Google Thewallinna and other creatures: A silk dress fit for a princess!

Tuesday, 18 September 2012

A silk dress fit for a princess!

Every girl wants to be a princess sitting in a castle in a beautiful dress and waiting for her prince to come. As I grew up, I came to understand that such fairy-tales were nonsense (look at what happened to Kate Middleton), but a beautiful dress never did anyone any harm! A proper ‘princess dress’ should be made of gorgeous silks and flowing through the air.

Like many of you, silks inspire nothing but fear in me. In October, I’ll attend a week-long workshop with Susan Khalje and my main goal is to become friends with silks. But before the workshop, I intend to work on some garments and get used to these nasty creatures. During one of my recent trips, I acquired this beautiful crepe-de-chine with the idea of transforming it into a princess dress. Also, a friend’s wedding was approaching and so the pieces of my challenge came together. Now I only had to take it on!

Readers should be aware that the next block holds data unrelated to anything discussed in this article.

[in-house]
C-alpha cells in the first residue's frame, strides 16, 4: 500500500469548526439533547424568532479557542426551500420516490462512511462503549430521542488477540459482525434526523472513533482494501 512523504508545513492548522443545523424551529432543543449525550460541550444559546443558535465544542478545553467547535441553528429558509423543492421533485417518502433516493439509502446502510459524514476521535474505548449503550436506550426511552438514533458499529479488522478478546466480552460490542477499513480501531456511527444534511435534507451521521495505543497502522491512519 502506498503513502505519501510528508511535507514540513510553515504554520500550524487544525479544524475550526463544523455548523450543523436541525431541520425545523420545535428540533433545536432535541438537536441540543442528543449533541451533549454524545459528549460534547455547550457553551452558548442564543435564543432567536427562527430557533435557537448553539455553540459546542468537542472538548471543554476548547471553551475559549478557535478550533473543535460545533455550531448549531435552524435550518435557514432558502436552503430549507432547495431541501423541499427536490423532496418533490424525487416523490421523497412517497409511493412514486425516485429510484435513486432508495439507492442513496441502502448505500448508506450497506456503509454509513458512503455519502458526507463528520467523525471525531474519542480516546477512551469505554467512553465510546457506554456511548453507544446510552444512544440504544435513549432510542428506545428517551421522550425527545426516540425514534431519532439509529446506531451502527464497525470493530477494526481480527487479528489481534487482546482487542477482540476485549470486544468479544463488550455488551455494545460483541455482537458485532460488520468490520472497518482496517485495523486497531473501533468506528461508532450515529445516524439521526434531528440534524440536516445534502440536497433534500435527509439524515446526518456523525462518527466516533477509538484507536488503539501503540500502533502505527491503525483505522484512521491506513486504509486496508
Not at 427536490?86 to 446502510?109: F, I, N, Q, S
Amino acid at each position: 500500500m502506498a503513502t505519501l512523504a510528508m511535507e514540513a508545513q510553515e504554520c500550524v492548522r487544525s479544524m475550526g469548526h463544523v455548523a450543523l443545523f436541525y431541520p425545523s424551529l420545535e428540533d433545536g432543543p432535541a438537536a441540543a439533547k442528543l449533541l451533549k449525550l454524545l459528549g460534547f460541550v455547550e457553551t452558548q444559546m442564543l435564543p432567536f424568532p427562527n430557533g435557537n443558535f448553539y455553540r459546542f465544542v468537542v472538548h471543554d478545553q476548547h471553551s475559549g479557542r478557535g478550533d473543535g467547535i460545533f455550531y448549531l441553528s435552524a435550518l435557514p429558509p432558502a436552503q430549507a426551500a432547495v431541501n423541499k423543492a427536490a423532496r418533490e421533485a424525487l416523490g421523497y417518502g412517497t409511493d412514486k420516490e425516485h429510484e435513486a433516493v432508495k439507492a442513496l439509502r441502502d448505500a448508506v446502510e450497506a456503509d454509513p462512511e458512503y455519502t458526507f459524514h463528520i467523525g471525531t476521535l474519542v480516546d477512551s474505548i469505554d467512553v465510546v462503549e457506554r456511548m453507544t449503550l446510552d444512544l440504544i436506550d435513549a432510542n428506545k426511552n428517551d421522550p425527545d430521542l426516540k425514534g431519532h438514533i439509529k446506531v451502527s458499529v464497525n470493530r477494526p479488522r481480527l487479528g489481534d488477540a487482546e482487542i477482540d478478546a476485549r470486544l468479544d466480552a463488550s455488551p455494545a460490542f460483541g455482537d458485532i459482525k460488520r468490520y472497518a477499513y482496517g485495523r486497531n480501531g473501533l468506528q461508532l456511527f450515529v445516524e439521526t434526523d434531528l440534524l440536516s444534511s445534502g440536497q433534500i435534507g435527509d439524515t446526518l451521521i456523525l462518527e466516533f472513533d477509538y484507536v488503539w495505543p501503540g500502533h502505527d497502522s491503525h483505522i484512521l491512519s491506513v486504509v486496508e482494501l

This Burda dress was the winner of my ‘princess dress’ contest for many reasons. 1. I had always wanted to own a silk maxi dress. 2. Due to heart surgery in my childhood and a huge scar crossing half of my back, I was scared of dresses with open backs and hardly owned any. 3. Any princess would die for it!

Fabric: 3.5m of crepe-de-chine
Size: 36 for the top and 38 for the skirt
Cost: $18 (yesssss, I scored some great fabric on sale)
Modifications to pattern: none

What I learnt from this project: patience!I Besides spending two weeks to complete the dress, I discovered not only how to tame silks but also myself. But let’s start from the beginning!